Last Update: 14:26
Documenta 14, one of the world’s biggest international modern art exhibitions, has been held in the German city of Kassel since 1955. For the first time the exhibition will take place in two cities – Kassel and Athens.
“Inspiration could be found in Greece, and more specifically in Athens,” according to Adam Szymczyk, artistic director, who believes that the Greek problems will soon become world problems.
The different locations and divergent historical, socioeconomic and cultural backgrounds of Kassel and Athens inspire and influence the individual works of art.
Artists have been invited to think and produce within the context of the emerging dynamic relationship between these two cities and to develop a work for each of the two locations.
The main issues of this year’s exhibition are the refugee crisis, the financial crisis, restitution problems and censorship, Annie-Claire Geisinger, Communications Coordinator, said in meeting with foreign correspondents at the offices of FPA in Athens.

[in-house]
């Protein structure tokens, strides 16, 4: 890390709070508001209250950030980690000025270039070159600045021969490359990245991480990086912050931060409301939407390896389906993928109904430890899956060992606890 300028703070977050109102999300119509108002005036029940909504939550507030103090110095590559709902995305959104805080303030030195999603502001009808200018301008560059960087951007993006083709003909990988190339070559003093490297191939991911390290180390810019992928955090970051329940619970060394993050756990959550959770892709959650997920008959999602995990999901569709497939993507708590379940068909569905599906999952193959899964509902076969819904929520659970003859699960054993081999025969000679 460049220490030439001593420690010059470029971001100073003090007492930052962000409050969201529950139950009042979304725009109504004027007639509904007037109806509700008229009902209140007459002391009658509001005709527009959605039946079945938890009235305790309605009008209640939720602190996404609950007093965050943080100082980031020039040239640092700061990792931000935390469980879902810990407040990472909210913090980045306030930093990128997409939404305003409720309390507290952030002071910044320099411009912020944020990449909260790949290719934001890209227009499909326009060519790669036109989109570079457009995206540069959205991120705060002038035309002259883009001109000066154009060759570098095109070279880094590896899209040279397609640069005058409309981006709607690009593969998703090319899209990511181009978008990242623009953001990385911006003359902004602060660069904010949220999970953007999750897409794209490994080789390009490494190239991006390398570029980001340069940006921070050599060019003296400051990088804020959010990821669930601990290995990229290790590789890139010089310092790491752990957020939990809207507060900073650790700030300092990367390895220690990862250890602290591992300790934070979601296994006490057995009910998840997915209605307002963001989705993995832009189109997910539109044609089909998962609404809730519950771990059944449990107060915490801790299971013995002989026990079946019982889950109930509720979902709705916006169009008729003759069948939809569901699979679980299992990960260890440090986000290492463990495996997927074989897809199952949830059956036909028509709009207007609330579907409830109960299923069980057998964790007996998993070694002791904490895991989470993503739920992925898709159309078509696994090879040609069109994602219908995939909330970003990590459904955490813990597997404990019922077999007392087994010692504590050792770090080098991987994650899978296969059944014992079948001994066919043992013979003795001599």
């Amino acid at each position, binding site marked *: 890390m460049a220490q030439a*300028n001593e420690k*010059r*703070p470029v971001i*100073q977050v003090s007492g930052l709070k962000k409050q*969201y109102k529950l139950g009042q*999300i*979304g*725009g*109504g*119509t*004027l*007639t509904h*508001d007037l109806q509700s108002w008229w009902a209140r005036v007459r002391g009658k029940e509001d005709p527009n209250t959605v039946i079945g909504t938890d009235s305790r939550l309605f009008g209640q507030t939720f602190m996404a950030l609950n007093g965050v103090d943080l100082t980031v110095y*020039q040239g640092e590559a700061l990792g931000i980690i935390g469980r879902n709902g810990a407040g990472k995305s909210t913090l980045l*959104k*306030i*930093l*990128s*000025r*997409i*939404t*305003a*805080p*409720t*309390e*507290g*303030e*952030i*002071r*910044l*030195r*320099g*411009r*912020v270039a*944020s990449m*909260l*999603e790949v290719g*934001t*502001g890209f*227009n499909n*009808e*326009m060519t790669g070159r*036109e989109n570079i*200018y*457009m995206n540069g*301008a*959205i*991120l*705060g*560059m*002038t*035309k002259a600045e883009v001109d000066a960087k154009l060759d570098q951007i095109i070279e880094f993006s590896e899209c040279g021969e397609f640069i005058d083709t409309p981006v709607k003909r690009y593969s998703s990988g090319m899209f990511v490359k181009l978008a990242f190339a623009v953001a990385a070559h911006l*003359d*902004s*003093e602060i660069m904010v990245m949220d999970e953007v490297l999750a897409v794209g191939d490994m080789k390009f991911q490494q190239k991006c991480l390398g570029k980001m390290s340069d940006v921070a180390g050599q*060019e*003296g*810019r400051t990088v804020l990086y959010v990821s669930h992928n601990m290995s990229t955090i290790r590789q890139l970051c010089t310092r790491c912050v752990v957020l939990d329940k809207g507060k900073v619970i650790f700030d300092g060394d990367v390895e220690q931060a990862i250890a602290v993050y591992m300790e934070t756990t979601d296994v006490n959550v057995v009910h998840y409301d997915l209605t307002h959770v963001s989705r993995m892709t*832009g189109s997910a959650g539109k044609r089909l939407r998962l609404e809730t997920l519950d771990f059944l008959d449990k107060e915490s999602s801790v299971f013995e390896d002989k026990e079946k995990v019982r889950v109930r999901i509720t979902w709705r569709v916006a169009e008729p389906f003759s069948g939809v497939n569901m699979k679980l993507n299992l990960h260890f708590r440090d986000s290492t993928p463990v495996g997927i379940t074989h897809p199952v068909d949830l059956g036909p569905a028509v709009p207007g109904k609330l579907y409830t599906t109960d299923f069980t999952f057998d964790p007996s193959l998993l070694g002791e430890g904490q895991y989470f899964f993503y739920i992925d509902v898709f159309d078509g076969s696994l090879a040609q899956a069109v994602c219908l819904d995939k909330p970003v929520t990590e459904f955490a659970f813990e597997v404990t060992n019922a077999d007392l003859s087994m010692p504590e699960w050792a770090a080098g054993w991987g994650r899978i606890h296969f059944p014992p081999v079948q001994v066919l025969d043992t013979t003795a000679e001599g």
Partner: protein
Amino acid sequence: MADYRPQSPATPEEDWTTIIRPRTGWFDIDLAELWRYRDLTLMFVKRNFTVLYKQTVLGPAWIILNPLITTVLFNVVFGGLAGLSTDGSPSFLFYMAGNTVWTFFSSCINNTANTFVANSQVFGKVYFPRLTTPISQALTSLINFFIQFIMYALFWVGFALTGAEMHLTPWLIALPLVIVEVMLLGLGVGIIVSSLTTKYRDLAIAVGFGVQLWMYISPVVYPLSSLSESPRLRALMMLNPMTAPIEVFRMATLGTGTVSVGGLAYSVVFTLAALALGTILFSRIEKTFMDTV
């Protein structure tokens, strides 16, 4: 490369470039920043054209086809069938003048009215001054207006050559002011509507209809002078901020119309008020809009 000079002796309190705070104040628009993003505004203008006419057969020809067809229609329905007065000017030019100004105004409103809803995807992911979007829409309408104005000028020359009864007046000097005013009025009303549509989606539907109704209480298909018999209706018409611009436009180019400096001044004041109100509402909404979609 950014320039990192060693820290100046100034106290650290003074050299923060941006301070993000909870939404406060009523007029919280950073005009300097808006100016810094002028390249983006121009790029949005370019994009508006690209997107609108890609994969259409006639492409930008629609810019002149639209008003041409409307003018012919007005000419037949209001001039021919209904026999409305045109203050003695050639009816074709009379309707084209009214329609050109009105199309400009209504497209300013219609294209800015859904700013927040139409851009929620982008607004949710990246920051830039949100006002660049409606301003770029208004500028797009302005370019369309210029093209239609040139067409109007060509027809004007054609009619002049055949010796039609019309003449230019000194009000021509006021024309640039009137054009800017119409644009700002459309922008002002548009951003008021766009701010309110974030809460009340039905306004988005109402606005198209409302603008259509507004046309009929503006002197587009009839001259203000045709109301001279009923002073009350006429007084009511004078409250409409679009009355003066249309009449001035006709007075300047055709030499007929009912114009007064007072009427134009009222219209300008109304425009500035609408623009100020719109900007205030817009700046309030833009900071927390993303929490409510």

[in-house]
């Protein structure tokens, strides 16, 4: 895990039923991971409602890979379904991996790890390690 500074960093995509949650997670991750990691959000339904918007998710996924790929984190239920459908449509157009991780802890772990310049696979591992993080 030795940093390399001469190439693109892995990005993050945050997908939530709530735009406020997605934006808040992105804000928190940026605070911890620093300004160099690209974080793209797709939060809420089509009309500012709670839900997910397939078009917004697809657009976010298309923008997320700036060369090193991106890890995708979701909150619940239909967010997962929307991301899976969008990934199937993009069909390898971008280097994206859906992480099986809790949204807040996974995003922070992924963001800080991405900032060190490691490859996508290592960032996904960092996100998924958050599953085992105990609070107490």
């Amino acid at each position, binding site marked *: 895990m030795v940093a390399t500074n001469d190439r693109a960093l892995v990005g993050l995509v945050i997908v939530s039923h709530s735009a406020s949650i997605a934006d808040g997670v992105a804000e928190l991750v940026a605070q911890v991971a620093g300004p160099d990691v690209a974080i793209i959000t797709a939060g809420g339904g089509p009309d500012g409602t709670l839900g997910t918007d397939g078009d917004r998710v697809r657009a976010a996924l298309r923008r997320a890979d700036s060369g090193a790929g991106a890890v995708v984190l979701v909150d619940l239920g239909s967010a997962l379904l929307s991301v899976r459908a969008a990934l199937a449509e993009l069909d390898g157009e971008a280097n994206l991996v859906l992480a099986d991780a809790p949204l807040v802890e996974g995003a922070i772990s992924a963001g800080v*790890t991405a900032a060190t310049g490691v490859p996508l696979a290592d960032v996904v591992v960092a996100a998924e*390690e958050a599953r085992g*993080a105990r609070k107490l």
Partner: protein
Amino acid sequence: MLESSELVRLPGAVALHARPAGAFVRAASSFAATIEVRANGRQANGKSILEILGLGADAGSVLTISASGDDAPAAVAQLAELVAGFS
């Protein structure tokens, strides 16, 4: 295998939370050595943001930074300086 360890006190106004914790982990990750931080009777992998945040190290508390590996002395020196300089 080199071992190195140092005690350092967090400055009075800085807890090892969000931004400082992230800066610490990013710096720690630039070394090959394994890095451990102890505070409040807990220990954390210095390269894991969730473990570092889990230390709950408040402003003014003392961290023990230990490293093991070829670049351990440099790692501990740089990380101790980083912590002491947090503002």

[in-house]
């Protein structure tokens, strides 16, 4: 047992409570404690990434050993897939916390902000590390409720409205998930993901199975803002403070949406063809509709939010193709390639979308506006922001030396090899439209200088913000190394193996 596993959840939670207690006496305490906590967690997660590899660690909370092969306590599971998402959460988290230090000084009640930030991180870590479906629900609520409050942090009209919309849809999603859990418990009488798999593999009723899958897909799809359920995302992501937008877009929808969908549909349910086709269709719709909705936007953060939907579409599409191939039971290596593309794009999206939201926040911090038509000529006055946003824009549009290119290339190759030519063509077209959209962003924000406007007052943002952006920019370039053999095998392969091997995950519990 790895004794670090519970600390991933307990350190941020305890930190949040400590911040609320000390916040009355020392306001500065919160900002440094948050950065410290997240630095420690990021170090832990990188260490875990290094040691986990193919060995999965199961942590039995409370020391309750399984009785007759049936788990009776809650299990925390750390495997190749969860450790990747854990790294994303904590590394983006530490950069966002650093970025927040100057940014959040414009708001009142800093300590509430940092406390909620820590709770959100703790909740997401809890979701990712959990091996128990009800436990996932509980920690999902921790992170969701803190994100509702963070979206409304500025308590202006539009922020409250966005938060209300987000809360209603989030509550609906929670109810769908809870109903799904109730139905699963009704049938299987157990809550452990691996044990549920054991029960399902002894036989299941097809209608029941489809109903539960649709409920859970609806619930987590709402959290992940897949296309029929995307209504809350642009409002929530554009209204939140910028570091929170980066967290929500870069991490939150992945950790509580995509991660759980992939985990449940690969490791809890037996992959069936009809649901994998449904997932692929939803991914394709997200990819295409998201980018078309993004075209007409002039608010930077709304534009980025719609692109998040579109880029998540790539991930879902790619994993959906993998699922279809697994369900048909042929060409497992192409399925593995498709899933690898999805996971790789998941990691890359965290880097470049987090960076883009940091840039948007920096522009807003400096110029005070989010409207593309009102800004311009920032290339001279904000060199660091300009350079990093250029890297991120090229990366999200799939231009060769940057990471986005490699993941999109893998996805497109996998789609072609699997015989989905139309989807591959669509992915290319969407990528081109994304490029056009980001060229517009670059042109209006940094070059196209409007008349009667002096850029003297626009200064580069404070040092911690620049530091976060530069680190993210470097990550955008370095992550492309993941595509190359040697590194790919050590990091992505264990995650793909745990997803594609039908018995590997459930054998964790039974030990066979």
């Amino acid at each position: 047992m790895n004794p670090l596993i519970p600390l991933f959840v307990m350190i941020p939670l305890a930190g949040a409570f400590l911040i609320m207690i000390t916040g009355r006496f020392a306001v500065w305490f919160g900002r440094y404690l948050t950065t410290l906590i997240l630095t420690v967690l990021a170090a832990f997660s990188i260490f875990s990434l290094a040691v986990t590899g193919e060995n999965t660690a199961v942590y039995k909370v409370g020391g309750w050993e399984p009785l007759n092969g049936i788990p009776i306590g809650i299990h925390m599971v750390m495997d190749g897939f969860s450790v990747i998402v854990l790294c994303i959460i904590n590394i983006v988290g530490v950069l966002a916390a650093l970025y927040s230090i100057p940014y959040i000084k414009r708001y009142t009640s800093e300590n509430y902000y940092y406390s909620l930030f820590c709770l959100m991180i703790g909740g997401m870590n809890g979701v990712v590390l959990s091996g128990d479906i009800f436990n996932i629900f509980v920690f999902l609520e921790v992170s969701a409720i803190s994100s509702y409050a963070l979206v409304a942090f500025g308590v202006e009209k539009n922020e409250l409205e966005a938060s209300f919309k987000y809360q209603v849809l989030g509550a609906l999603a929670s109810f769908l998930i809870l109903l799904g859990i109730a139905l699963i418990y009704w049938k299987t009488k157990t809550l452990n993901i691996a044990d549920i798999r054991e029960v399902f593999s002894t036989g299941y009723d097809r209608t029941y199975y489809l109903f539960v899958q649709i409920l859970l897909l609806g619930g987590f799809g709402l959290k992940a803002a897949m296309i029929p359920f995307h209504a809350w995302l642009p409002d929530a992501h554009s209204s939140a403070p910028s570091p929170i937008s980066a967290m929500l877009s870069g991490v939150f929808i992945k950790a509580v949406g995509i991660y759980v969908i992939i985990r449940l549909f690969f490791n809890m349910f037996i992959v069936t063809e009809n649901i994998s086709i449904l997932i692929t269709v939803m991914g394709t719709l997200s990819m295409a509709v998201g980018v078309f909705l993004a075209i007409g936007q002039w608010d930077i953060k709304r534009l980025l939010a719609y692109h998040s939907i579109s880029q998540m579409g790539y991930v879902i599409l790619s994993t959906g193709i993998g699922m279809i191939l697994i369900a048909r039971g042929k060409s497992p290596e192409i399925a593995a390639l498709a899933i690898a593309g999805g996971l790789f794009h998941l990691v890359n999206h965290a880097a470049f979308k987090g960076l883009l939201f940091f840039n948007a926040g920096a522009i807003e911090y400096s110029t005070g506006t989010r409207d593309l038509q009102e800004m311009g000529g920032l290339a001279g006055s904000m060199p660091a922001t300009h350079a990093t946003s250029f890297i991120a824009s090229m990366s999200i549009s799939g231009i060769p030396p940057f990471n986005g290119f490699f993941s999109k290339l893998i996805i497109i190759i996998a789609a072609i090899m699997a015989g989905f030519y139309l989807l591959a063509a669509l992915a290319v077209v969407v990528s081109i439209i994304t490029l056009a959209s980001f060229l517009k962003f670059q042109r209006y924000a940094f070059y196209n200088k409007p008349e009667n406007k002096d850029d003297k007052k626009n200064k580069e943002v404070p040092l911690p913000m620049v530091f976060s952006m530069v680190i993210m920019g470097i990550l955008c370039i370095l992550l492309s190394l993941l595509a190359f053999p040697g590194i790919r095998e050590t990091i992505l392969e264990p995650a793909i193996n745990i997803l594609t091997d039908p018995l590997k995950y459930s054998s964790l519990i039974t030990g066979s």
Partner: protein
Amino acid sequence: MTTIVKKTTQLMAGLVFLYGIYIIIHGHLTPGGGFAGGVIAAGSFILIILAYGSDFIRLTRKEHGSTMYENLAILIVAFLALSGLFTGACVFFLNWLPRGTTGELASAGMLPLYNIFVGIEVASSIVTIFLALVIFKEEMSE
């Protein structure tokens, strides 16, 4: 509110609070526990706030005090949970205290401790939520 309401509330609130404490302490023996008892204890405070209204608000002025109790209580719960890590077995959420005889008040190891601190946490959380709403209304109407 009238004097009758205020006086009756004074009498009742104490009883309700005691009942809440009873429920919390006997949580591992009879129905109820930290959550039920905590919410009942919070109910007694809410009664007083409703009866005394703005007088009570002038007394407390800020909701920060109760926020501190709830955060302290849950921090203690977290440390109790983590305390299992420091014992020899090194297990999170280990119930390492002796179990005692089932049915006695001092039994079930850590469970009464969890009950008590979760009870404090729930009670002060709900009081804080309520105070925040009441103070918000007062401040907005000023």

More than 130 artists will display their works during the 100 days of the exhibition throughout the museums, buildings and public spaces in Athens as of early April. The exhibition will include paintings, installations, music and film festivals.
One of the key projects of this year’s exhibition is the Parthenon of Books. The Parthenon of Books is a symbol of opposition to the banning of writings and the persecution of their authors. For the realization of this work, Argentine artist Marta Minujín and the documenta 14 team are collecting books that have now been published anew after having been banned for years.
Composed of as many as 100,000 banned books from all over the world, the work will be erected on Friedrichsplatz in Kassel, where some two thousand books were burned during the so-called “Aktion wider den undeutschen Geist” (Campaign against the Un-German Spirit).
The exhibition is expected to attract a lot of tourists in Athens. Documenta 13 saw a record number of visitors as it attracted more than 800,000 people.